However, she comes to discover that everything she needs in life is there. “She
finds that it doesn’t matter whether you live in the big city or a small town,
love of life and family is all that’s important,” Bridges describes.

The plot happens to echo elements
of Bridges’ life and, likely, the lives of many others. “It’s actually
something that I took to heart and really identified with. I went through a
period of, ‘Oh, I have to get away from Oklahoma.’…that period in your
twenties. Then you realize that Oklahoma had everything you needed and you just
thought you had to go somewhere else.” He currently lives in LA, but enjoys
returning for extended periods of time.

Bridges left home to attend the
University of Cincinnati — College-Conservatory of Music. After graduating in
1996, he moved to New York City where he starred in “Hello Dolly” with Carol
Channing. He played “Slightly Soiled,” a
lost boy
, in “Peter Pan” with Cathy Rigby, then came to LA in 2000 to shoot
a film version of the play. He set up shop and helped start Silverwood Films which
produced Ryan Gosling’s Academy Award-nominated film, “Half Nelson.”

Sure Crossing Films was started in
2008. There wasn’t enough happening after the economic downturn to continue in
Oklahoma, so they began doing more projects out-of-state. However, they are in
development of a family adventure film they would like to shoot here. “It’s
very difficult to get production going now,” he admits. “Once you make a film,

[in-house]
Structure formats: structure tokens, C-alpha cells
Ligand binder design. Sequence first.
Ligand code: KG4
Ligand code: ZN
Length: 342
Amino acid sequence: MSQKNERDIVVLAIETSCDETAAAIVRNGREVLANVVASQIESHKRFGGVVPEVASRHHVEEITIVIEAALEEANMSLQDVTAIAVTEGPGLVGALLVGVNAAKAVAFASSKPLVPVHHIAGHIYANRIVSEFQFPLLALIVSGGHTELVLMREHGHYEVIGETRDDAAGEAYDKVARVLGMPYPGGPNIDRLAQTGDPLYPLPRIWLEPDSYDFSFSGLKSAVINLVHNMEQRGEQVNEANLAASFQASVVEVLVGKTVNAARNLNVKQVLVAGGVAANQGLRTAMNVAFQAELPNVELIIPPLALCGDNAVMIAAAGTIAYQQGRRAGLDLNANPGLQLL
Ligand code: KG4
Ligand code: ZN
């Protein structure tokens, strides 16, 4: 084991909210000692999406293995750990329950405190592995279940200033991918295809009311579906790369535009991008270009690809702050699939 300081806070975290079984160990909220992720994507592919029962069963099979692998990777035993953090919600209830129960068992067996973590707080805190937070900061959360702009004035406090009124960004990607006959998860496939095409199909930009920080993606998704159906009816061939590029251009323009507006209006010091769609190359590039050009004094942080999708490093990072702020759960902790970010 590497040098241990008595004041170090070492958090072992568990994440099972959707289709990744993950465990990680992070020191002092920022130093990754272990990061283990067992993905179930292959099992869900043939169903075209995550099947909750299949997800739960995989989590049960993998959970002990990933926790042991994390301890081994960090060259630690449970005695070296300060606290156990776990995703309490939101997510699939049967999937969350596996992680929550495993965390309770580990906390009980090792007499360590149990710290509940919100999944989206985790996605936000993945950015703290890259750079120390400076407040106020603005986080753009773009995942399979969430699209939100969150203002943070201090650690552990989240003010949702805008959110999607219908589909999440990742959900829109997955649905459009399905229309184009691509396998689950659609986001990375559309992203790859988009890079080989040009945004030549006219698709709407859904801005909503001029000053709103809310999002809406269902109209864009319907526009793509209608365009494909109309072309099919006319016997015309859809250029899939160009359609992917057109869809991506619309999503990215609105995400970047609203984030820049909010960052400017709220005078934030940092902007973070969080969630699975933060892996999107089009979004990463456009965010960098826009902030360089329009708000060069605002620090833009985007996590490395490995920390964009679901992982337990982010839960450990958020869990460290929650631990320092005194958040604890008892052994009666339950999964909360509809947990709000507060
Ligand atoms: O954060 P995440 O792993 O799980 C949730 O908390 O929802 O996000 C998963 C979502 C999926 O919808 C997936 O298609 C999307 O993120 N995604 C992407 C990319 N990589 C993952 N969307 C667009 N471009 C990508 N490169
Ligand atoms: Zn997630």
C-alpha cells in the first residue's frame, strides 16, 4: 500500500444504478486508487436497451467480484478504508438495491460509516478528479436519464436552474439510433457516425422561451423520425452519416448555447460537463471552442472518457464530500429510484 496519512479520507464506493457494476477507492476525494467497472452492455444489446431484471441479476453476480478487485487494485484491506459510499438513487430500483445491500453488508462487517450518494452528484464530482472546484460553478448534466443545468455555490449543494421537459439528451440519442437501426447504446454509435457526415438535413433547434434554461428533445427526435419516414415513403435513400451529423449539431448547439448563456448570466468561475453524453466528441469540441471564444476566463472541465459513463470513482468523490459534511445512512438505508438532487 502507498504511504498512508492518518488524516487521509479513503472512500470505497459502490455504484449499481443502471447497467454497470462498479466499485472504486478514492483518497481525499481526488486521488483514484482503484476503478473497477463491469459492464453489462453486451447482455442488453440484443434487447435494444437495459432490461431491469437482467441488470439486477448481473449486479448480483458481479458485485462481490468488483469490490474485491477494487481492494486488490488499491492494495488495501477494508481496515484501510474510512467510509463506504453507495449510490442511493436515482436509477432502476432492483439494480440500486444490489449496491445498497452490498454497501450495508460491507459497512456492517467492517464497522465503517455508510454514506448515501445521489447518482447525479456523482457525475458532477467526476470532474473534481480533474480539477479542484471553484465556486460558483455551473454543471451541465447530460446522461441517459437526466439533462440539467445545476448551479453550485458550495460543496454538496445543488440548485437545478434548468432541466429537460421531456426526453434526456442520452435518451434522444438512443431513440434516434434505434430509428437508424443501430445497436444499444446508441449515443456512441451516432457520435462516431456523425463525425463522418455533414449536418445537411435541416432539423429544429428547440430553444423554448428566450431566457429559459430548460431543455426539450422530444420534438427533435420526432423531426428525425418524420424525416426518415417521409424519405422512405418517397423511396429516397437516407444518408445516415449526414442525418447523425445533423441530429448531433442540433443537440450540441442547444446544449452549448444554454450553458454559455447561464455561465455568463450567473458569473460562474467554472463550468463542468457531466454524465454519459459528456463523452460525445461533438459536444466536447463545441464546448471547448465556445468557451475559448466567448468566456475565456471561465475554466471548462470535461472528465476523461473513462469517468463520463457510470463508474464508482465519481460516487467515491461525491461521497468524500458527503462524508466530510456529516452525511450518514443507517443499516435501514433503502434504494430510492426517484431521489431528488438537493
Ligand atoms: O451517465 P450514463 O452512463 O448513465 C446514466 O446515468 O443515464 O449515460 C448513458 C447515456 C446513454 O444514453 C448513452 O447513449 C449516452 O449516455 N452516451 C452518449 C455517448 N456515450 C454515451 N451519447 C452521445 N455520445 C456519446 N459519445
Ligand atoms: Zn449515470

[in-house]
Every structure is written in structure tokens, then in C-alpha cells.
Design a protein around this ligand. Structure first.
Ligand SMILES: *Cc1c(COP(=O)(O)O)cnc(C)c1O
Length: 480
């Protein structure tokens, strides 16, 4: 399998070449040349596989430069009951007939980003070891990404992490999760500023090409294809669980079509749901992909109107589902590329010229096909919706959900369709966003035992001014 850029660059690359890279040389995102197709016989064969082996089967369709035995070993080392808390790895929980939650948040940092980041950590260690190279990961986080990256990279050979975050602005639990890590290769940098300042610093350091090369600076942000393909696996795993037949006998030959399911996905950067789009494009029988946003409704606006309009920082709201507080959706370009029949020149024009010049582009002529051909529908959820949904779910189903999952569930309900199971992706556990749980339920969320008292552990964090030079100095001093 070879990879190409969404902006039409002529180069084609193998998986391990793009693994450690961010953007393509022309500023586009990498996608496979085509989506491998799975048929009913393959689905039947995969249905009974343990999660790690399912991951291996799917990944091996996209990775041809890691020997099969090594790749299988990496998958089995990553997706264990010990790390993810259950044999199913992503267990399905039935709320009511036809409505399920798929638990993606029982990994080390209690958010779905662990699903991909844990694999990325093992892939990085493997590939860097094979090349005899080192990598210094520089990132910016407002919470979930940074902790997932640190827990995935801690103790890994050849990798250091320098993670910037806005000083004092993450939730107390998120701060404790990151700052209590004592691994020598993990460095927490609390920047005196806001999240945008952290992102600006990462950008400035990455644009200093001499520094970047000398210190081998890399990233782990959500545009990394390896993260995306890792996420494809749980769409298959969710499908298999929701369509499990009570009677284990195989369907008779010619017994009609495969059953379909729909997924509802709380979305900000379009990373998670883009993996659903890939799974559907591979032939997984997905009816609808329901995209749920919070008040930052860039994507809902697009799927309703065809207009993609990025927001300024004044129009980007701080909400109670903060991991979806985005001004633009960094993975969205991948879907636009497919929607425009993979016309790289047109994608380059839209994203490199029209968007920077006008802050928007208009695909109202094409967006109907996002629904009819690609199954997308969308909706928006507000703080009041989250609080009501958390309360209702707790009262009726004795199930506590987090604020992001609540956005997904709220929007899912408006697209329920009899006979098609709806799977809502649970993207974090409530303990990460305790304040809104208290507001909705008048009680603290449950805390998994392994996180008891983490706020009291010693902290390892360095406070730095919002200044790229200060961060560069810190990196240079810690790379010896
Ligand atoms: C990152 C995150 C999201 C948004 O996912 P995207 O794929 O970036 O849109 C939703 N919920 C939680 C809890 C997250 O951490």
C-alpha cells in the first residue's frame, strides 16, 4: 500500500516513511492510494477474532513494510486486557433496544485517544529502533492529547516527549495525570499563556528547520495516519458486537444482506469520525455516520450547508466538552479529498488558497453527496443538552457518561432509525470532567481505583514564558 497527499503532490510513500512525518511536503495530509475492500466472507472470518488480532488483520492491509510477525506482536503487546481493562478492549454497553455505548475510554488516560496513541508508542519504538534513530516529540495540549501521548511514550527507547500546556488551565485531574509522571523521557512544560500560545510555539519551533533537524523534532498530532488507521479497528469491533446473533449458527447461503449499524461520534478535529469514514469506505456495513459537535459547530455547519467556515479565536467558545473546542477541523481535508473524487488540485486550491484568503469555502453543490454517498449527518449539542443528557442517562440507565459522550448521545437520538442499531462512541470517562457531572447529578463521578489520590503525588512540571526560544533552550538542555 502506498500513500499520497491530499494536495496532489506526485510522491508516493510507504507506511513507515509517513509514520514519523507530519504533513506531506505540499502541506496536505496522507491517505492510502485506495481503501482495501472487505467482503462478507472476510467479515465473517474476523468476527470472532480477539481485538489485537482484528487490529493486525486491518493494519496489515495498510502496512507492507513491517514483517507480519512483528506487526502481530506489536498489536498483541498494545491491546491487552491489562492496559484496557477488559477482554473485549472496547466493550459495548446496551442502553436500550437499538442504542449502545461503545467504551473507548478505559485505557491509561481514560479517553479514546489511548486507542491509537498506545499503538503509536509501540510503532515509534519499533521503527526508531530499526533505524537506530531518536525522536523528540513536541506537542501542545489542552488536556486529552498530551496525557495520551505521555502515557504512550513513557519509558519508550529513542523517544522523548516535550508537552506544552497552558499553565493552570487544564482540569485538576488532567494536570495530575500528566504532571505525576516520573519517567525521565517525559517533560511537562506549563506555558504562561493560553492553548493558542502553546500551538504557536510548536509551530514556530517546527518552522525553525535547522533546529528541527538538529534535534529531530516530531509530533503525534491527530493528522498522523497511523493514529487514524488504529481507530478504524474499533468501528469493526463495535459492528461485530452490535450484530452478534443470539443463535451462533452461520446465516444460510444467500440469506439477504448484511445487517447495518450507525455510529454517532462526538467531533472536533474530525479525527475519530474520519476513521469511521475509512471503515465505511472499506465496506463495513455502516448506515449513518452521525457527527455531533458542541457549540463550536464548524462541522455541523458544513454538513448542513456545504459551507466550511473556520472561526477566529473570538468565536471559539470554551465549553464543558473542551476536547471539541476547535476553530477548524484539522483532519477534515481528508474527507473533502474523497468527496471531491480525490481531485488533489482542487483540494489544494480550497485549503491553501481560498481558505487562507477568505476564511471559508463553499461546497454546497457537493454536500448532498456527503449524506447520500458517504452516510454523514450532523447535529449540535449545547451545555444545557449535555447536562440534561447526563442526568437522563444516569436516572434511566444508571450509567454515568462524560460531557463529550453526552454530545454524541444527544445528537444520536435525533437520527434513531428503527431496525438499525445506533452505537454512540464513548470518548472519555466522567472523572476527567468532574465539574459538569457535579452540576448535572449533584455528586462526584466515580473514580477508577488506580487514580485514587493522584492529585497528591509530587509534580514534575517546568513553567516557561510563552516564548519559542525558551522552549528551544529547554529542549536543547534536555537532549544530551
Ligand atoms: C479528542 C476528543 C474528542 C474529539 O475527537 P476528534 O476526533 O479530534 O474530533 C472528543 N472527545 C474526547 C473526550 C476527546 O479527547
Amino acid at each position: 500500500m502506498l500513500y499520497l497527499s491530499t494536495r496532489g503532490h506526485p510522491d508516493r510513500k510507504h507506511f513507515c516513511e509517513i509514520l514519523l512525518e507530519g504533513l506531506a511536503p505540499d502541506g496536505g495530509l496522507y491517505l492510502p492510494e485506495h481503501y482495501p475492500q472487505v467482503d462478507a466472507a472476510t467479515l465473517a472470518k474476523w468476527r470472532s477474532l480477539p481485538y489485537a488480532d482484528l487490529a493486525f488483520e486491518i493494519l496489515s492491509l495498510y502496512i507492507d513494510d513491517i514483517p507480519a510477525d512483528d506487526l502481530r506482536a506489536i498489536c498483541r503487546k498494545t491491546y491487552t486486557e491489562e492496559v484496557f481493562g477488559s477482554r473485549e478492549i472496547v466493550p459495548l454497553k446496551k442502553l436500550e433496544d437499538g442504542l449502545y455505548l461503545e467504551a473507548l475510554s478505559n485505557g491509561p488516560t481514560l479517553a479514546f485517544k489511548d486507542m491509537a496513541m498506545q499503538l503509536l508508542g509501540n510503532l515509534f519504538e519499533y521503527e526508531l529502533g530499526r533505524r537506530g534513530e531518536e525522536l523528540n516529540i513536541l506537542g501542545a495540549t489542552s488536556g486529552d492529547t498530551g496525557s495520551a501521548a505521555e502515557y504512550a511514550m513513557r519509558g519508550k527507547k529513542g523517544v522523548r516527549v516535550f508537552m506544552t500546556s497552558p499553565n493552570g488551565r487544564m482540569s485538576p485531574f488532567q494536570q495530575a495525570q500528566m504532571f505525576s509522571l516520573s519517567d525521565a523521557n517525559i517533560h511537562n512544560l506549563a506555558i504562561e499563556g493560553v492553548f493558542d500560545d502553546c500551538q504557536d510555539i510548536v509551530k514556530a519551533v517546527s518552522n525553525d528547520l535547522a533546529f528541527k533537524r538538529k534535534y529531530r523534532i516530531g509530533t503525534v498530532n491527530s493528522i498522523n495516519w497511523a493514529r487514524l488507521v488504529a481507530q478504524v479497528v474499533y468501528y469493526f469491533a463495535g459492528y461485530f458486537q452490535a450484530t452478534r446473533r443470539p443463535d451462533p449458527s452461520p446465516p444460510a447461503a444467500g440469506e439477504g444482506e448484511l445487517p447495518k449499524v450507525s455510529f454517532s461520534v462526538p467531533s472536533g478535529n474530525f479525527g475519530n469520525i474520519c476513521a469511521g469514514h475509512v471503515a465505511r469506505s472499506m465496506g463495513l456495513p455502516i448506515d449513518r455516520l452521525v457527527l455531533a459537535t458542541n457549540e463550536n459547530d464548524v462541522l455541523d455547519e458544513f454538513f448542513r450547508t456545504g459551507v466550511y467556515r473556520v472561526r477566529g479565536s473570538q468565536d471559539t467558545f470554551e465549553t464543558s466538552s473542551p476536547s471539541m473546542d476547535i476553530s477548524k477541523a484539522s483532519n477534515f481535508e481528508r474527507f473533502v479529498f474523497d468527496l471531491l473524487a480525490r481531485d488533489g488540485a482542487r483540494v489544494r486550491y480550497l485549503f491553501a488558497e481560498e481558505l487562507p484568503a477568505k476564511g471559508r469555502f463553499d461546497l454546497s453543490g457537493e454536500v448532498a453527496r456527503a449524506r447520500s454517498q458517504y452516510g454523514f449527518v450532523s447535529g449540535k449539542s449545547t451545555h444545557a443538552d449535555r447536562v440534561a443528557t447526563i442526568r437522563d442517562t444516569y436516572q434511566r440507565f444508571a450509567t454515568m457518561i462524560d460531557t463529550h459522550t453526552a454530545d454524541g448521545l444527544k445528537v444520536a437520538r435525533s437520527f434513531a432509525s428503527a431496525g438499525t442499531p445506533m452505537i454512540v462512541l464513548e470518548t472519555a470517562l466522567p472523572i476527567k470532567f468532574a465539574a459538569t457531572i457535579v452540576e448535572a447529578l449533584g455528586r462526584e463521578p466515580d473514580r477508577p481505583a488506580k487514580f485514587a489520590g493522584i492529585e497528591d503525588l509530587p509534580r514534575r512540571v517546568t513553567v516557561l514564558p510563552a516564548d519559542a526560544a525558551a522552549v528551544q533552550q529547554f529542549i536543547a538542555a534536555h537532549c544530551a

it’s very difficult to be successful with it. ‘Lake Effects’ is a rarity and it
really only happened because a community came together and provided so much

The film ran on the Hallmark Movie
Channel for an entire month, a French channel picked it up, and Anchor Bay
released the DVD on August 14th. “It’s a quality film,” he says. “It’s going to
make a little bit of money for investors, though not a lot. It’s a successful
film they can be proud of.”

Bridges has had a busy year with
“Lake Effects” coming out, and another film, “Doonby,” premiering in limited
theatrical release. “That came out in February and did pretty well,” he says.
“iCrime” came out on DVD last October.

Work continues on a children’s
project called “Dancing with Miss Melodee” for kids ages three-to-six and based
on a children’s music artist. After releasing a CD last year, it was nominated
for an Independent Music Award for Best Album, and also won a Parents’ Choice
Award, a National Parents Publications Award, and a five-dove rating from the
Dove Foundation. “That was really exciting,” he remembers. “They released music
videos and dance lessons. A book series, a game app and hopefully
a TV show are in the works.”

As the film industry evolves, those
behind the scenes will have to remain innovative to keep up with the changes.
As the industry in Oklahoma grows, Bridges and others like him stand to lead
the medium into the future.

For more information about Sure
Crossing Films, visit For more about “Lake Effects,” visit For more about “Dancing with Miss Melodee” visit